Mathematical description of one-dimensional waves[edit]
Animation of two waves, the green wave moves to the right while blue wave moves to the left, the net red wave amplitude at each point is the sum of the amplitudes of the individual waves. Note that f(x,t) + g(x,t) = u(x,t) in the x displaystyle x direction in space. E.g., let the positive x displaystyle x direction be to the right, and the negative x displaystyle x direction be to the left. with constant amplitude u displaystyle u with constant velocity v displaystyle v , where v displaystyle v is independent of wavelength (no dispersion) independent of amplitude (linear media, not nonlinear).[2] with constant waveform, or shape This wave can then be described by the two-dimensional functions u ( x , t ) = F ( x − v t ) displaystyle u(x,t)=F(x-v t) (waveform F displaystyle F traveling to the right) u ( x , t ) = G ( x + v t ) displaystyle u(x,t)=G(x+v t) (waveform G displaystyle G traveling to the left) or, more generally, by d'Alembert's formula:[3] u ( x , t ) = F ( x − v t ) + G ( x + v t ) . displaystyle u(x,t)=F(x-vt)+G(x+vt)., representing two component waveforms F displaystyle F and G displaystyle G traveling through the medium in opposite directions. A generalized representation of this wave can be obtained[4] as the partial differential equation 1 v 2 ∂ 2 u ∂ t 2 = ∂ 2 u ∂ x 2 . displaystyle frac 1 v^ 2 frac partial ^ 2 u partial t^ 2 = frac partial ^ 2 u partial x^ 2 ., General solutions are based upon Duhamel's principle.[5]
Sine, square, triangle and sawtooth waveforms. The form or shape of F in d'Alembert's formula involves the argument x
− vt. Constant values of this argument correspond to constant values
of F, and these constant values occur if x increases at the same rate
that vt increases. That is, the wave shaped like the function F will
move in the positive x-direction at velocity v (and G will propagate
at the same speed in the negative x-direction).[6]
In the case of a periodic function F with period λ, that is, F(x + λ
− vt) = F(x − vt), the periodicity of F in space means that a
snapshot of the wave at a given time t finds the wave varying
periodically in space with period λ (the wavelength of the wave). In
a similar fashion, this periodicity of F implies a periodicity in time
as well: F(x − v(t + T)) = F(x − vt) provided vT = λ, so an
observation of the wave at a fixed location x finds the wave
undulating periodically in time with period T = λ/v.[7]
Illustration of the envelope (the slowly varying red curve) of an amplitude-modulated wave. The fast varying blue curve is the carrier wave, which is being modulated. Main article:
u ( x , t ) = A ( x , t ) sin ( k x − ω t + ϕ ) , displaystyle u(x,t)=A(x,t)sin(kx-omega t+phi ) , where A ( x , t ) displaystyle A(x, t) is the amplitude envelope of the wave, k displaystyle k is the wavenumber and ϕ displaystyle phi is the phase. If the group velocity v g displaystyle v_ g (see below) is wavelength-independent, this equation can be simplified as:[11] u ( x , t ) = A ( x − v g t ) sin ( k x − ω t + ϕ ) , displaystyle u(x,t)=A(x-v_ g t)sin(kx-omega t+phi ) , showing that the envelope moves with the group velocity and retains
its shape. Otherwise, in cases where the group velocity varies with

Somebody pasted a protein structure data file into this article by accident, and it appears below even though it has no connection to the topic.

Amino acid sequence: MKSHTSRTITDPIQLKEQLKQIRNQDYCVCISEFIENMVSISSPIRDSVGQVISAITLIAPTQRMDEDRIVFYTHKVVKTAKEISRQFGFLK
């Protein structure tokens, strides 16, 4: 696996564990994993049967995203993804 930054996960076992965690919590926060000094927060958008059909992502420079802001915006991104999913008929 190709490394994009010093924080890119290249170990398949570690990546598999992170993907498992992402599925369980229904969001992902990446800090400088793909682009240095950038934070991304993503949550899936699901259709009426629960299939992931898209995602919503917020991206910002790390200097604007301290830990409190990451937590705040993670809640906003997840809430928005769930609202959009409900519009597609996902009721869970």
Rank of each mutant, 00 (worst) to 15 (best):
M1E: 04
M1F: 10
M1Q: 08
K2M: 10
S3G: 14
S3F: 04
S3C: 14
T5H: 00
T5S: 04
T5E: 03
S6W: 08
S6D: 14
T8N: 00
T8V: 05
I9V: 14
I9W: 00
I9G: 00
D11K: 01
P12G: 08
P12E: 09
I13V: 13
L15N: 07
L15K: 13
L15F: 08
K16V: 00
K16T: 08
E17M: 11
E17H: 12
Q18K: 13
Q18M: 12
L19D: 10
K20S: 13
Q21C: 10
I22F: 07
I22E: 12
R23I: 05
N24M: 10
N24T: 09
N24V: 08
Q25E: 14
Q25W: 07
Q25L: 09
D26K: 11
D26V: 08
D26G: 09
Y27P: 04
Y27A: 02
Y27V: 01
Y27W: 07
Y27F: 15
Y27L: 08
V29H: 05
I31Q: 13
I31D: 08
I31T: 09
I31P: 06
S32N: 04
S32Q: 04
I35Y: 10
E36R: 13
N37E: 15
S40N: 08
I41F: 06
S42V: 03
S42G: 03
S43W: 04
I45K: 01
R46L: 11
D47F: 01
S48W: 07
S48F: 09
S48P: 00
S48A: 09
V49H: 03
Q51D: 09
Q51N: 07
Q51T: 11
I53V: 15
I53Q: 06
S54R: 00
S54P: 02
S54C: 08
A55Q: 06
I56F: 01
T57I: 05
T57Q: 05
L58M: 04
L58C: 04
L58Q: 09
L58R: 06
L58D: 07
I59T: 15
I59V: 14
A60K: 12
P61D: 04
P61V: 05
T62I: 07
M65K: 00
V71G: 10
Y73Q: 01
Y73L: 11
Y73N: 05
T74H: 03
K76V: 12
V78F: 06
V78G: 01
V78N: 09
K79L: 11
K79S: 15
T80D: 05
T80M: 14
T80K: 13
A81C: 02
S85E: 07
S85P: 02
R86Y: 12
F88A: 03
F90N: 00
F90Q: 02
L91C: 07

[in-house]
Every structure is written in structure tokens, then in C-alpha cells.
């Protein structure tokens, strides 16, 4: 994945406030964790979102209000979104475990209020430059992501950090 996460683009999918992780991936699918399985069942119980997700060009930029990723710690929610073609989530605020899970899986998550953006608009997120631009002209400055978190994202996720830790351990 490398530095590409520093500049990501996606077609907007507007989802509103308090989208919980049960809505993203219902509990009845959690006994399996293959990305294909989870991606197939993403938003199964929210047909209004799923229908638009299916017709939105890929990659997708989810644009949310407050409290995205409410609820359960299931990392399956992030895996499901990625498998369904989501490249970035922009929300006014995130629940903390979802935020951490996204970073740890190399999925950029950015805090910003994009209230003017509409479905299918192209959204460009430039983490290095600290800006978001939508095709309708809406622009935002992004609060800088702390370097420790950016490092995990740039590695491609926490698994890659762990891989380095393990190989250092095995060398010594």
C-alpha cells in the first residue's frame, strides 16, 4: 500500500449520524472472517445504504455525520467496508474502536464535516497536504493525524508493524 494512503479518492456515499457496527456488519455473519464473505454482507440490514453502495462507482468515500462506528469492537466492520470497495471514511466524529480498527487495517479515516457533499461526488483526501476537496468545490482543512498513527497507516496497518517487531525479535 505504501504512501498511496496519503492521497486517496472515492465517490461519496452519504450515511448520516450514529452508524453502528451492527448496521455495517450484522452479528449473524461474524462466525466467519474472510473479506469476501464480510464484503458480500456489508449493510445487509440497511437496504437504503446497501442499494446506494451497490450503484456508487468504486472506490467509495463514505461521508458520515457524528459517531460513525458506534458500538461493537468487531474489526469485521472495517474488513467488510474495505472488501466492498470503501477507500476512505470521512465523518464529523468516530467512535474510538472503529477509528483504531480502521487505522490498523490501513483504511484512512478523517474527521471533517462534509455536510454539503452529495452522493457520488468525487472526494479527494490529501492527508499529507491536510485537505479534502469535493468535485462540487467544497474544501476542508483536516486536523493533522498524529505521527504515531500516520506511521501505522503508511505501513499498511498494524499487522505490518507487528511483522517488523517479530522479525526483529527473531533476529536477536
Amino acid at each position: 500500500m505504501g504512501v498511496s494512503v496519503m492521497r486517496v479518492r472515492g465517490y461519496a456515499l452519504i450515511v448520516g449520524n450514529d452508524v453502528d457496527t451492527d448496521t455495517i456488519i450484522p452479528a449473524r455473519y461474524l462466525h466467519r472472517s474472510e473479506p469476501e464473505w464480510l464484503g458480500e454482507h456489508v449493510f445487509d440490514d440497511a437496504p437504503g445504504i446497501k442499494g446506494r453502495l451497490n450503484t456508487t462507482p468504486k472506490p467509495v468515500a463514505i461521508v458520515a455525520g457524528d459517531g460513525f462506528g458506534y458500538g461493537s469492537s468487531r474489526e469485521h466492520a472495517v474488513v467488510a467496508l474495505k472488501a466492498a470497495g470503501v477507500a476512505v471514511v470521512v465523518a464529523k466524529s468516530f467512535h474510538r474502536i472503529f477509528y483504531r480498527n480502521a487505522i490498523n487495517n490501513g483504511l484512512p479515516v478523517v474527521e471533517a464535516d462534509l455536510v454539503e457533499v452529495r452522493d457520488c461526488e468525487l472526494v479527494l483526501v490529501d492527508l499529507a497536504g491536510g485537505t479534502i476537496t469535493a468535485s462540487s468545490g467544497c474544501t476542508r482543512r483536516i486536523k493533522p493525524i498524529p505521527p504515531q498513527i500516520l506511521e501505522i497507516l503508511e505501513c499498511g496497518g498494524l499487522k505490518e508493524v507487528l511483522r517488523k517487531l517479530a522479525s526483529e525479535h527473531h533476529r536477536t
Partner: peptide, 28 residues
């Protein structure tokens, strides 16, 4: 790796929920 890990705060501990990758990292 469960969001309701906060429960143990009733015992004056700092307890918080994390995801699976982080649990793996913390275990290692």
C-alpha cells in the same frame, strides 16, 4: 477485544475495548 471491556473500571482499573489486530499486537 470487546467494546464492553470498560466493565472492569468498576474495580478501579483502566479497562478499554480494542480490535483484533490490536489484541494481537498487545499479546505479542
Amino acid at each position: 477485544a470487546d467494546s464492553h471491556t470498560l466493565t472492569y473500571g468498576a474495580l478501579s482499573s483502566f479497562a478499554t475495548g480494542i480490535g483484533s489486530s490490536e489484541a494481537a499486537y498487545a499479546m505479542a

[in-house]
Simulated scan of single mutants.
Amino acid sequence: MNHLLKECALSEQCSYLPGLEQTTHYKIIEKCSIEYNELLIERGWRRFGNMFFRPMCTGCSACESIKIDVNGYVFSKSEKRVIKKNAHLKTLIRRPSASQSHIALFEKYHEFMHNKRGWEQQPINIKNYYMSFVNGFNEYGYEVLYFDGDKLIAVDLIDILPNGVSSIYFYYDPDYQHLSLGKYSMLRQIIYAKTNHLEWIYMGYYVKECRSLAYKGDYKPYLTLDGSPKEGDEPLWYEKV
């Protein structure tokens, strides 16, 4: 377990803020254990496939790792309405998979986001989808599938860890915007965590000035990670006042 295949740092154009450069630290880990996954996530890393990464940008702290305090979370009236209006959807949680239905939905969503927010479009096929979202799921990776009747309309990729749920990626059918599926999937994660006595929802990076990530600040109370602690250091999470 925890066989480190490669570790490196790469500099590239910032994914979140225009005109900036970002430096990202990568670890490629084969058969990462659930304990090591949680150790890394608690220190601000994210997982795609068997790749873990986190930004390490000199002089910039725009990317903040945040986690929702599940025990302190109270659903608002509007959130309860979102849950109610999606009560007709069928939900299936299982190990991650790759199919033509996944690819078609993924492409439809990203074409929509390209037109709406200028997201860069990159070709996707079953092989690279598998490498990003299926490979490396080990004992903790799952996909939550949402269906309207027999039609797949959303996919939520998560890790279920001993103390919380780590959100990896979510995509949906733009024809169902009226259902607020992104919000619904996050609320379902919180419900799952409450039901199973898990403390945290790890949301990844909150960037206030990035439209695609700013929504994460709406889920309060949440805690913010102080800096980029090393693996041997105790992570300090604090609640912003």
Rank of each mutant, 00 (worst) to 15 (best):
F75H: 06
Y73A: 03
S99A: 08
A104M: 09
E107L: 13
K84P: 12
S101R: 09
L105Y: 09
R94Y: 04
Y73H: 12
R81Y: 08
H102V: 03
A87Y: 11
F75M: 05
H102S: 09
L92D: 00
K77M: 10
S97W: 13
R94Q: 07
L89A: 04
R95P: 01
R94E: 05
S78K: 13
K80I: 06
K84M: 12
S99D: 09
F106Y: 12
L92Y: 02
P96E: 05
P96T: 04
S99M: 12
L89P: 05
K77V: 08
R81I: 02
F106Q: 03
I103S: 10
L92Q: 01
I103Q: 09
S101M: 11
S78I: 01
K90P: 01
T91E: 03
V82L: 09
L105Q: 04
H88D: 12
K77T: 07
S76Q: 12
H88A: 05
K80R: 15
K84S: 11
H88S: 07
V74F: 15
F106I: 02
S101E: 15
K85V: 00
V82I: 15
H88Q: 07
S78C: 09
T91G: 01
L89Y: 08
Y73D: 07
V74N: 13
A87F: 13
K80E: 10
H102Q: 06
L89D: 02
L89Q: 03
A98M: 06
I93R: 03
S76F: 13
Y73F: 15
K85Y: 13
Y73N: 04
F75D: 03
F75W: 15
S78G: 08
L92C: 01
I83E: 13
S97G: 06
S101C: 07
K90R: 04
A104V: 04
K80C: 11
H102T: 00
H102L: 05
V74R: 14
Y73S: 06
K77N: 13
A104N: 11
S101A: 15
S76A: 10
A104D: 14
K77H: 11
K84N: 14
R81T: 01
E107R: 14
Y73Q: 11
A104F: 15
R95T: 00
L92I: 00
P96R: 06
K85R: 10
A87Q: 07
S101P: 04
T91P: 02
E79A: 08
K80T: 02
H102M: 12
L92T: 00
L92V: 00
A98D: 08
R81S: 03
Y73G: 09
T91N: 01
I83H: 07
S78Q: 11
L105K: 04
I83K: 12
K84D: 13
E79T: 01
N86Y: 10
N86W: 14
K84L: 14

wavelength, the pulse shape changes in a manner often described using
an envelope equation.[11][12]
The red dot moves with the phase velocity, while the green dots propagate with the group velocity There are two velocities that are associated with waves, the phase
velocity and the group velocity.
v p = λ T . displaystyle v_ mathrm p = frac lambda T . A wave with the group and phase velocities going in different directions
This section duplicates the scope of other sections, specifically, Sinusoidal wave and Frequency. (July 2015) Sinusoidal waves correspond to simple harmonic motion. Mathematically, the most basic wave is the (spatially) one-dimensional sine wave (or harmonic wave or sinusoid) with an amplitude u displaystyle u described by the equation: u ( x , t ) = A sin ( k x − ω t + ϕ ) , displaystyle u(x,t)=Asin(kx-omega t+phi ) , where A displaystyle A is the maximum amplitude of the wave, maximum distance from the highest point of the disturbance in the medium (the crest) to the equilibrium point during one wave cycle. In the illustration to the right, this is the maximum vertical distance between the baseline and the wave. x displaystyle x is the space coordinate t displaystyle t is the time coordinate k displaystyle k is the wavenumber ω displaystyle omega is the angular frequency ϕ displaystyle phi is the phase constant. The units of the amplitude depend on the type of wave. Transverse mechanical waves (e.g., a wave on a string) have an amplitude expressed as a distance (e.g., meters), longitudinal mechanical waves (e.g., sound waves) use units of pressure (e.g., pascals), and electromagnetic waves (a form of transverse vacuum wave) express the amplitude in terms of its electric field (e.g., volts/meter). The wavelength λ displaystyle lambda is the distance between two sequential crests or troughs (or other equivalent points), generally is measured in meters. A wavenumber k displaystyle k , the spatial frequency of the wave in radians per unit distance (typically per meter), can be associated with the wavelength by the relation k = 2 π λ . displaystyle k= frac 2pi lambda ., The period T displaystyle T is the time for one complete cycle of an oscillation of a wave. The frequency f displaystyle f is the number of periods per unit time (per second) and is typically measured in hertz denoted as Hz. These are related by: f = 1 T . displaystyle f= frac 1 T ., In other words, the frequency and period of a wave are reciprocals. The angular frequency ω displaystyle omega represents the frequency in radians per second. It is related to the frequency or period by ω = 2 π f = 2 π T . displaystyle omega =2pi f= frac 2pi T ., The wavelength λ displaystyle lambda of a sinusoidal waveform traveling at constant speed v displaystyle v is given by:[13] λ = v f , displaystyle lambda = frac v f , where v displaystyle v is called the phase speed (magnitude of the phase velocity) of the wave and f displaystyle f is the wave's frequency.